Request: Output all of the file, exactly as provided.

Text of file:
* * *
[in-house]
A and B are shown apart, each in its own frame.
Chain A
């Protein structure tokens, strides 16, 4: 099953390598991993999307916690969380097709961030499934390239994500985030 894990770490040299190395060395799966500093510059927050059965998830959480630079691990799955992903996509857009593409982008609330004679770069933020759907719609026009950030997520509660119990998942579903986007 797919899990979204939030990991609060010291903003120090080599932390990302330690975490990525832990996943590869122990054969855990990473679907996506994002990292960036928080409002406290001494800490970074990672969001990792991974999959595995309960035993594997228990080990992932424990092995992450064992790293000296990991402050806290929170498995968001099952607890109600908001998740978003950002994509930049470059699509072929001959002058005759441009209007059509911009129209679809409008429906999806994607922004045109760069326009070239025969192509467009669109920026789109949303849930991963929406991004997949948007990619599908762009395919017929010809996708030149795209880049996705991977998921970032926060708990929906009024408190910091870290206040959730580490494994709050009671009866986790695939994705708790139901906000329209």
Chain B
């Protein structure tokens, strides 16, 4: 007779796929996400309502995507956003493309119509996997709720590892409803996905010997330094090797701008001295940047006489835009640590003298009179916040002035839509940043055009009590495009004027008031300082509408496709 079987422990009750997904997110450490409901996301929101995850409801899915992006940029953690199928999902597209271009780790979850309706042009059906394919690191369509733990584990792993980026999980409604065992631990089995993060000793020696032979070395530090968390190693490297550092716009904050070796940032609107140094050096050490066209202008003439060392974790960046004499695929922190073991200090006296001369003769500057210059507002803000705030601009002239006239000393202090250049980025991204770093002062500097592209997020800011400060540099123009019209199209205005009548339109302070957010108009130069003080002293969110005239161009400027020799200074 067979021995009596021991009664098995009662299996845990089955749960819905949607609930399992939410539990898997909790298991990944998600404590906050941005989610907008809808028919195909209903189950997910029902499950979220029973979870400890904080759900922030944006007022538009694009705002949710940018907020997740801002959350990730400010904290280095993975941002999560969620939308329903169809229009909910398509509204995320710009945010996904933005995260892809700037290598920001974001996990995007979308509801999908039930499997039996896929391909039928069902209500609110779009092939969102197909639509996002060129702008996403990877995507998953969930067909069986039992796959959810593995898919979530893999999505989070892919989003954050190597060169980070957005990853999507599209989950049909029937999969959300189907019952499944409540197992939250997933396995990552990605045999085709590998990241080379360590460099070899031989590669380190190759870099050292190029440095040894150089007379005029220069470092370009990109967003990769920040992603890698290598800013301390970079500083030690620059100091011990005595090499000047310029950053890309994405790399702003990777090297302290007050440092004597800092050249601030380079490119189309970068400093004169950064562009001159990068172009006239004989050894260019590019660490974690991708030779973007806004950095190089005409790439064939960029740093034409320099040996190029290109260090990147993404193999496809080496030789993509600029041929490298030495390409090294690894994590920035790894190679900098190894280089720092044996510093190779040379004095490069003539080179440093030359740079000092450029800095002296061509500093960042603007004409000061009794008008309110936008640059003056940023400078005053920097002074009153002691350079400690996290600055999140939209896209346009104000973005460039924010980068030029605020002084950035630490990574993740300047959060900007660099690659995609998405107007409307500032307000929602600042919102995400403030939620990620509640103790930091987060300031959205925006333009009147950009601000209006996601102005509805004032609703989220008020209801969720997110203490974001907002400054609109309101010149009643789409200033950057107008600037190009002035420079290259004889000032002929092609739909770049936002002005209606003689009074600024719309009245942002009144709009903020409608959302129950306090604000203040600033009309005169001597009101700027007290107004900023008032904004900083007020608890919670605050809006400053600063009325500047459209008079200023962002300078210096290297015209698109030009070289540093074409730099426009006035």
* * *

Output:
[in-house]
A and B are shown apart, each in its own frame.
Chain A
């Protein structure tokens, strides 16, 4: 099953390598991993999307916690969380097709961030499934390239994500985030 894990770490040299190395060395799966500093510059927050059965998830959480630079691990799955992903996509857009593409982008609330004679770069933020759907719609026009950030997520509660119990998942579903986007 797919899990979204939030990991609060010291903003120090080599932390990302330690975490990525832990996943590869122990054969855990990473679907996506994002990292960036928080409002406290001494800490970074990672969001990792991974999959595995309960035993594997228990080990992932424990092995992450064992790293000296990991402050806290929170498995968001099952607890109600908001998740978003950002994509930049470059699509072929001959002058005759441009209007059509911009129209679809409008429906999806994607922004045109760069326009070239025969192509467009669109920026789109949303849930991963929406991004997949948007990619599908762009395919017929010809996708030149795209880049996705991977998921970032926060708990929906009024408190910091870290206040959730580490494994709050009671009866986790695939994705708790139901906000329209």
Chain B
């Protein structure tokens, strides 16, 4: 007779796929996400309502995507956003493309119509996997709720590892409803996905010997330094090797701008001295940047006489835009640590003298009179916040002035839509940043055009009590495009004027008031300082509408496709 079987422990009750997904997110450490409901996301929101995850409801899915992006940029953690199928999902597209271009780790979850309706042009059906394919690191369509733990584990792993980026999980409604065992631990089995993060000793020696032979070395530090968390190693490297550092716009904050070796940032609107140094050096050490066209202008003439060392974790960046004499695929922190073991200090006296001369003769500057210059507002803000705030601009002239006239000393202090250049980025991204770093002062500097592209997020800011400060540099123009019209199209205005009548339109302070957010108009130069003080002293969110005239161009400027020799200074 067979021995009596021991009664098995009662299996845990089955749960819905949607609930399992939410539990898997909790298991990944998600404590906050941005989610907008809808028919195909209903189950997910029902499950979220029973979870400890904080759900922030944006007022538009694009705002949710940018907020997740801002959350990730400010904290280095993975941002999560969620939308329903169809229009909910398509509204995320710009945010996904933005995260892809700037290598920001974001996990995007979308509801999908039930499997039996896929391909039928069902209500609110779009092939969102197909639509996002060129702008996403990877995507998953969930067909069986039992796959959810593995898919979530893999999505989070892919989003954050190597060169980070957005990853999507599209989950049909029937999969959300189907019952499944409540197992939250997933396995990552990605045999085709590998990241080379360590460099070899031989590669380190190759870099050292190029440095040894150089007379005029220069470092370009990109967003990769920040992603890698290598800013301390970079500083030690620059100091011990005595090499000047310029950053890309994405790399702003990777090297302290007050440092004597800092050249601030380079490119189309970068400093004169950064562009001159990068172009006239004989050894260019590019660490974690991708030779973007806004950095190089005409790439064939960029740093034409320099040996190029290109260090990147993404193999496809080496030789993509600029041929490298030495390409090294690894994590920035790894190679900098190894280089720092044996510093190779040379004095490069003539080179440093030359740079000092450029800095002296061509500093960042603007004409000061009794008008309110936008640059003056940023400078005053920097002074009153002691350079400690996290600055999140939209896209346009104000973005460039924010980068030029605020002084950035630490990574993740300047959060900007660099690659995609998405107007409307500032307000929602600042919102995400403030939620990620509640103790930091987060300031959205925006333009009147950009601000209006996601102005509805004032609703989220008020209801969720997110203490974001907002400054609109309101010149009643789409200033950057107008600037190009002035420079290259004889000032002929092609739909770049936002002005209606003689009074600024719309009245942002009144709009903020409608959302129950306090604000203040600033009309005169001597009101700027007290107004900023008032904004900083007020608890919670605050809006400053600063009325500047459209008079200023962002300078210096290297015209698109030009070289540093074409730099426009006035």